6 steps B.C. fire evacuees can take right now - MoneySense

Tips to help B.C. fire evacuees recover losses

6 steps to consider for insurance claims

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As firefighters and other first responders try to manage the wildfire situation in British Columbia following the state of emergency, displaced residents are being forced to take shelter in temporary accommodations throughout the central and southern interior of British Columbia. And many are worried about damage to property and possessions back at home.

So far, about 14,000 people have been displaced by 200 wildfires with more to be uprooted likely in the days ahead. (This compares to a total of 88,000 who were displaced in the Fort McMurray, Alta., fire last year.) “The B.C. fires are very different from the Fort Mac fires,” explains Steve Kee, director of media and digital communications at Insurance Bureau of Canada (IBC). “This is a vast area that is not as densely populated as Fort Mac so it will take time to evaluate the damage.”

But while there is still little info or indication on the scope of it regarding insurance claims, and as the situation stabilizes, questions will start to emerge. Has my house burnt down? Has smoke caused irreparable damage?

To help, here are a few key things you can do in the days ahead if you find the wildfires have had a direct impact on you.

Step 1: Get emergency cash and stay safe

Evacuees can expect emergency aid from the B.C. provincial government where outgoing Premier Christy Clark has promised “immediate” relief in the form of $600 for adult evacuees and $300 for children who have lost property. That cash is in the form of an electronic funds transfer or cash cards through the Red Cross and can go towards short-term relief, namely helping people pay for immediate expenses such as food and accommodation while displaced.

If you are an evacuee, you are asked to register with the Red Cross by phone at 1-800-863-6582. It will allow the Red Cross to contact you directly as more information and assistance becomes available. (The website was experiencing technical glitches, so best to avoid until further notice.) The entire effort will cost the B.C. government $100 million.

Help to locate the sick

Information about the whereabouts of hospital patients relocated due to the fires is available at 1-877-442-2001.

Get prescriptions, for free

If you are a B.C. fire evacuee and had to leave without medications, any pharmacy can help arrange to get a prescription transfer or emergency fill. Talk to a pharmacist for more information. Be ready and take any identification you have with you.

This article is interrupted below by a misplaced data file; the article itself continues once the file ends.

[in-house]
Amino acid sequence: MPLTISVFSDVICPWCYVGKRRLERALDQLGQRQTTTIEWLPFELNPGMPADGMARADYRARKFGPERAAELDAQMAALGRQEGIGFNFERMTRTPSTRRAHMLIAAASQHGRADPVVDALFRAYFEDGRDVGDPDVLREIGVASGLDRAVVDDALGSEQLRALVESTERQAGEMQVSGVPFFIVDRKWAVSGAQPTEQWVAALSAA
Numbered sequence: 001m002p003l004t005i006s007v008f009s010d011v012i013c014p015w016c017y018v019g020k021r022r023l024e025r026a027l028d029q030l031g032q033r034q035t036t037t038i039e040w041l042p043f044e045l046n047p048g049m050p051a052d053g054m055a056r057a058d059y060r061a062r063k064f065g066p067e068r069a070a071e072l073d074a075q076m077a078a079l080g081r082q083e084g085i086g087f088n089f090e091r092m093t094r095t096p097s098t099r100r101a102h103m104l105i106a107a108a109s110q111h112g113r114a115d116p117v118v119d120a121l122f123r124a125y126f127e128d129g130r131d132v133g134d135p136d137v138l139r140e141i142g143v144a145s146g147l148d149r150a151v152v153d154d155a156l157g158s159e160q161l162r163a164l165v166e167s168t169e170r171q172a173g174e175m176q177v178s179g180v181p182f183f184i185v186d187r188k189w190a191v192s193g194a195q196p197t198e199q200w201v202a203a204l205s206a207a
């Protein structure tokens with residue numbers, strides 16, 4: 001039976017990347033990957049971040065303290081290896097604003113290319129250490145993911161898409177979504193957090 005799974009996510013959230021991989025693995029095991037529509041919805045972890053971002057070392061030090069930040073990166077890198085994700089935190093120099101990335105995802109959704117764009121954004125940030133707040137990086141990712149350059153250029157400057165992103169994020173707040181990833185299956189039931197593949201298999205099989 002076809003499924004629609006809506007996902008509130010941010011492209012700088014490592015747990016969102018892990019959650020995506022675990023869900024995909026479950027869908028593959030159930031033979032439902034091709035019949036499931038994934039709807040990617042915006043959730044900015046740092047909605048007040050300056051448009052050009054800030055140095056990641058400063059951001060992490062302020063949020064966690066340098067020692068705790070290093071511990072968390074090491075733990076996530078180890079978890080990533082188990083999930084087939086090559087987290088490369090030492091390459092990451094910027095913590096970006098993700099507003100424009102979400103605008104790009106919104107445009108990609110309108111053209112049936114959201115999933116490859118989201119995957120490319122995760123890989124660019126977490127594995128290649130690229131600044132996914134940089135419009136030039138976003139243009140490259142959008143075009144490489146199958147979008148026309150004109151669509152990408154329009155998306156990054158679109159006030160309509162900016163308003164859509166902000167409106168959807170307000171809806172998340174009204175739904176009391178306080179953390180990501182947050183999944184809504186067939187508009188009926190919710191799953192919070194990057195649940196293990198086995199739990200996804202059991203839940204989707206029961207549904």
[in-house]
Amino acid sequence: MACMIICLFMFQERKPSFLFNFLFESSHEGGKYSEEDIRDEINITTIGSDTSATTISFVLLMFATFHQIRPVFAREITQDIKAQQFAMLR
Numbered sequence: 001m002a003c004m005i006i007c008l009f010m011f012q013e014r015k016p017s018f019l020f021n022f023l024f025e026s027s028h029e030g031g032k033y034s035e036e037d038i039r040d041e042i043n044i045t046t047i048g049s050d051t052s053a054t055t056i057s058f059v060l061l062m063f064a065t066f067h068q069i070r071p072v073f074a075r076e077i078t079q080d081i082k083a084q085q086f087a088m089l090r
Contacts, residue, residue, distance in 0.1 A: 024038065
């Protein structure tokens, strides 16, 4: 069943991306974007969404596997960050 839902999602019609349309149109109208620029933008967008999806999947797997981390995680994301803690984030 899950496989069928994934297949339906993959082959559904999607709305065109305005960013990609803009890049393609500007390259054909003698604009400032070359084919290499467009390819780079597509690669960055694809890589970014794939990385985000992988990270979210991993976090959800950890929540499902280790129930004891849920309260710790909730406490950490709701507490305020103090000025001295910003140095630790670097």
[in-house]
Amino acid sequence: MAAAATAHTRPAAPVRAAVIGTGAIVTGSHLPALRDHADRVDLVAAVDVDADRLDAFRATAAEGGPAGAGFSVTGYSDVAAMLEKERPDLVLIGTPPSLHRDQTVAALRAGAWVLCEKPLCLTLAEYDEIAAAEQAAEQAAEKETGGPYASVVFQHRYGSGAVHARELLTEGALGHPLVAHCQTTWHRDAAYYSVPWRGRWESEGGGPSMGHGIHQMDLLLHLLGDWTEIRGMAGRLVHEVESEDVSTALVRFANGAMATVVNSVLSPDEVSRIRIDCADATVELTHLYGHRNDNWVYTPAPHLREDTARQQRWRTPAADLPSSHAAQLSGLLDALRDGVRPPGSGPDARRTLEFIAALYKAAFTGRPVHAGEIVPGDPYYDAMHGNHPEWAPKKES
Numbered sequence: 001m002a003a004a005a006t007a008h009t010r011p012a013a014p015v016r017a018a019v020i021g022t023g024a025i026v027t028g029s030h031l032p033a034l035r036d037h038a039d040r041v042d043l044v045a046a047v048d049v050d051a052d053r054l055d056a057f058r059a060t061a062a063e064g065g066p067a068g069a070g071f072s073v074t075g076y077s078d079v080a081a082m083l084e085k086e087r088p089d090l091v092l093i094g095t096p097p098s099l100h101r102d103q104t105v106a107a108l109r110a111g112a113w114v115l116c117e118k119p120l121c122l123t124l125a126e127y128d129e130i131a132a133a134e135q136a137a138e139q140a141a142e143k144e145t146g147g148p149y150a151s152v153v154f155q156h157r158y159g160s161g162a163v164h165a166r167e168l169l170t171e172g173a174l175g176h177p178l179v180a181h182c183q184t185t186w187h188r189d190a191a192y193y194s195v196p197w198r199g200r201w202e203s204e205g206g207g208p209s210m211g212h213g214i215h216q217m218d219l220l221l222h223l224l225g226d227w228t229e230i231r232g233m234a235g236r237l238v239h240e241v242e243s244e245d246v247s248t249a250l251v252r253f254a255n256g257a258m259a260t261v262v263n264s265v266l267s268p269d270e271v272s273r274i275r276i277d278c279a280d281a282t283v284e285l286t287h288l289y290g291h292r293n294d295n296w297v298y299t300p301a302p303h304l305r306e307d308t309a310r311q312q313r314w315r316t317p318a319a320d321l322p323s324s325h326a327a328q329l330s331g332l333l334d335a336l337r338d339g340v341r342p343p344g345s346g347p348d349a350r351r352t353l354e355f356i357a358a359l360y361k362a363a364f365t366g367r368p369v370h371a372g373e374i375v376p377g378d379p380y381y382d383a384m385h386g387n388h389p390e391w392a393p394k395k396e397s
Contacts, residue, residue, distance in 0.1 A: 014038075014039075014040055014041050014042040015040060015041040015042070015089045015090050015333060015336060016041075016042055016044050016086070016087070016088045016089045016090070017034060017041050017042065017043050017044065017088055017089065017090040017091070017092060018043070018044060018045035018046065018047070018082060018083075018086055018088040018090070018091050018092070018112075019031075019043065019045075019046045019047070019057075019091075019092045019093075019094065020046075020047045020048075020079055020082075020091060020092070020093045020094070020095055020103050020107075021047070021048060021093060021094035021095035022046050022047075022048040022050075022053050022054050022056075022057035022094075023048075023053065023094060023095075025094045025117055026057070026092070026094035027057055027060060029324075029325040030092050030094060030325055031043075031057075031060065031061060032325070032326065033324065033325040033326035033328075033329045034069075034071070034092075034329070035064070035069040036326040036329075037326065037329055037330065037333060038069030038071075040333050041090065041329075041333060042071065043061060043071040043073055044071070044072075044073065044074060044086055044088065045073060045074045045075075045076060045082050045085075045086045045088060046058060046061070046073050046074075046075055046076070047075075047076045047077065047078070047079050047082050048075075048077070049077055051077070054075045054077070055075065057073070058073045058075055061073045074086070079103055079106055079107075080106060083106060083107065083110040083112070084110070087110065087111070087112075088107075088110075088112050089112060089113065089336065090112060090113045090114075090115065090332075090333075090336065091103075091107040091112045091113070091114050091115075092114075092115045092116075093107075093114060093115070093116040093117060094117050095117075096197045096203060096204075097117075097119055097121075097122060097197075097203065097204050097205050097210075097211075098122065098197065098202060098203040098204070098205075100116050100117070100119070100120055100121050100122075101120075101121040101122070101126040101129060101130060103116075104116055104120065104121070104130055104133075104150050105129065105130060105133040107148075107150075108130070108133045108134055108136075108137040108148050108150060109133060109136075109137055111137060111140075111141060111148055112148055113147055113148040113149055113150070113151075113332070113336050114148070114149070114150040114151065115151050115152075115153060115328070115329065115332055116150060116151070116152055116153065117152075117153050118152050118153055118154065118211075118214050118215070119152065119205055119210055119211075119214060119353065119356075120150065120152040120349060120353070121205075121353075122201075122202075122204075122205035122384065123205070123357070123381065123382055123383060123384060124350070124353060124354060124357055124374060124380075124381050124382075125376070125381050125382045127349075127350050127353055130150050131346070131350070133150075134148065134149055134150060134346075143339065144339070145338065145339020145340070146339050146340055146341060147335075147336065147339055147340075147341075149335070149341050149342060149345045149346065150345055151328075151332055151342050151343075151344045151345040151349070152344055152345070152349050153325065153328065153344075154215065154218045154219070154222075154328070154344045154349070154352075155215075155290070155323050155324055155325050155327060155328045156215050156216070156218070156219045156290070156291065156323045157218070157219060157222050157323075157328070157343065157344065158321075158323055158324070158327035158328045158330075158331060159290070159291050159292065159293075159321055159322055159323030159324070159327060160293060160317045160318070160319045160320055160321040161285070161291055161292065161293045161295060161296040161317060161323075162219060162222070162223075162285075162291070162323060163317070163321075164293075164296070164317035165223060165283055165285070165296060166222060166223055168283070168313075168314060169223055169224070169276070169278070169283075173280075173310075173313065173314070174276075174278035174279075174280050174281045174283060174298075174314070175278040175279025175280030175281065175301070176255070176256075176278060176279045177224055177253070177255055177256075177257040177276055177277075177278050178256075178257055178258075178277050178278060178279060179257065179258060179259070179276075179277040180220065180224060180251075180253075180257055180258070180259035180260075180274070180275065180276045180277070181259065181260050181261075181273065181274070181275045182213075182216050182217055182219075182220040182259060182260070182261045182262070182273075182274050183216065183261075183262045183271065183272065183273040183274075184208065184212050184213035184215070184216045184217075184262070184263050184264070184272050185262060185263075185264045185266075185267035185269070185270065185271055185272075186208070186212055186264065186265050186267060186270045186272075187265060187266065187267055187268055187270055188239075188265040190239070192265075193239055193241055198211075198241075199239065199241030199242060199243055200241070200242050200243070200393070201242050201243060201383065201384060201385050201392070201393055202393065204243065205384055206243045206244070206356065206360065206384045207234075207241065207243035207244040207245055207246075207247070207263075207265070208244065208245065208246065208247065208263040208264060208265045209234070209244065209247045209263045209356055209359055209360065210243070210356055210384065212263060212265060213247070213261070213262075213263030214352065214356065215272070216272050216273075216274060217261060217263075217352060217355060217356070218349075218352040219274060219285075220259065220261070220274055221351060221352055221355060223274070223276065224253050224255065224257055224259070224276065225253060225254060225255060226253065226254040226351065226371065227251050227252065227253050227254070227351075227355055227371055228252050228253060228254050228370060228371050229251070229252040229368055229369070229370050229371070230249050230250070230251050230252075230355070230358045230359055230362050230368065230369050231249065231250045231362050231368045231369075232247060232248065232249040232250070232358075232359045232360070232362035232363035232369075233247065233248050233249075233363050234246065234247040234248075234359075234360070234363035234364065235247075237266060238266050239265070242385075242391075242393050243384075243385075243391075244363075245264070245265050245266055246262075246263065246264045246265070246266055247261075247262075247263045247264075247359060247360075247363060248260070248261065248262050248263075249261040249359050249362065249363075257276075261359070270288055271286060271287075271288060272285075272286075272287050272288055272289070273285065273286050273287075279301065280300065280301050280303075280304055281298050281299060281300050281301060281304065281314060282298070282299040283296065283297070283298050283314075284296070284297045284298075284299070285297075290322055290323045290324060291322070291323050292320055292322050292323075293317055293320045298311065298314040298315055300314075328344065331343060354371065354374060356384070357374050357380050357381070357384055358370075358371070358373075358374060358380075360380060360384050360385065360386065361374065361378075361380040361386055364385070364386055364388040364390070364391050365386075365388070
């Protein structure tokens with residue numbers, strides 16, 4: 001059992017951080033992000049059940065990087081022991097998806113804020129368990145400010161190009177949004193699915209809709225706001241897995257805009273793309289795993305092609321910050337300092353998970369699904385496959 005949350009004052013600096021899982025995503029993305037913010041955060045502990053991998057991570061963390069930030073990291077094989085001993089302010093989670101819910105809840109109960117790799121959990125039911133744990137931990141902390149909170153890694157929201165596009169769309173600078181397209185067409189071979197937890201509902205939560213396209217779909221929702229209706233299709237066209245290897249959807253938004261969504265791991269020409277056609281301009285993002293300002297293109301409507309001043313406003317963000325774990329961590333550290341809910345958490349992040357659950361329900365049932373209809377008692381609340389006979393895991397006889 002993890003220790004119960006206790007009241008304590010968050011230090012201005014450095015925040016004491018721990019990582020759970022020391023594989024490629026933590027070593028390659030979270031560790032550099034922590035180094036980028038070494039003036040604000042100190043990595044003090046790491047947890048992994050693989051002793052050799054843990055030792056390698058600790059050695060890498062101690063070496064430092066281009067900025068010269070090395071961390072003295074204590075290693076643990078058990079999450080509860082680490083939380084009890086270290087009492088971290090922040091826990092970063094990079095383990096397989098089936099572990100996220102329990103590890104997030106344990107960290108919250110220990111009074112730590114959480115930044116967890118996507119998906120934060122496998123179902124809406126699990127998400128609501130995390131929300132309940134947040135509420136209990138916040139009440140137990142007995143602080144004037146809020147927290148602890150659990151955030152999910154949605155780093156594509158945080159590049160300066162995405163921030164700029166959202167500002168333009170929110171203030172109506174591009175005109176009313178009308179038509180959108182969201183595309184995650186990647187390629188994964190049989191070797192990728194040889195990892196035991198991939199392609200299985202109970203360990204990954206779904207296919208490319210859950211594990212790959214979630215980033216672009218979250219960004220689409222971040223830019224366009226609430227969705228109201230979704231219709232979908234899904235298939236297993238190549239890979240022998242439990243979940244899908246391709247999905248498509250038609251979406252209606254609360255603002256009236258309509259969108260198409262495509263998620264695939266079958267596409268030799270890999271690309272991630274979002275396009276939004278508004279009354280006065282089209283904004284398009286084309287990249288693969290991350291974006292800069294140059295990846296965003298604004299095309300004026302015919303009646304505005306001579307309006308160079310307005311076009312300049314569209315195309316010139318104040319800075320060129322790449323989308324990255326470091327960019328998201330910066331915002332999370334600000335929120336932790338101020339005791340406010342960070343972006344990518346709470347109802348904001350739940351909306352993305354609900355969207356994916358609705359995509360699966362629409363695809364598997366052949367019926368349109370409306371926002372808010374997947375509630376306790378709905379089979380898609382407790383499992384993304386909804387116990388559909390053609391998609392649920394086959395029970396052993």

Let loved ones know you are safe

The provincial government and the Red Cross are asking that all evacuees register and continue to check-in with the Red Cross.  Even if you’ve already registered with an evacuation center, they are asking evacuees to check-in again. Go online to RedCross.ca or call 1-800-863-6582. Family members and evacuees trying to reunite can also contact the Red Cross. Take any identification you have with you.

Step 2: Contact your insurance rep

For many homeowners, the biggest concern is whether or not their home is still standing. But even prolonged exposure to smoke can cause enough damage to require a full repair and remodel of a home. The good news is that most homeowners insurance policies will cover repairs and replacement of home and belongings damaged or destroyed by fire. But to get this coverage to pay for these repairs, you’ll first need to contact your insurance representative.

As soon as you contact your insurance company, you set in motion a claims process—the official task of assessing and paying for what may be catastrophic damage done to your home and belongings. Still, there is no urgency. Whether you call today, tomorrow or few weeks from now, you will still be eligible for full coverage, under your policy terms. But understand that the insurance companies can’t start a claim until they know damage has been done, explains Kee, who recommends you visit the Insurance Bureau of Canada website at http://www.ibc.ca/bc/disaster/bcwildfire for up-to-the-minute B.C. Wildfire and insurance news.

For many, though, there’s a lot of uncertainty as to who to call and when. Many homeowners fled with few belongings and even less have access to important documentation, such as their home insurance policy. To help, IBC set up a hotline. By calling the toll-free number (1-844-227-5422) or emailing (askibcwest@ibc.ca), homeowners will get help in tracking down their insurance policy.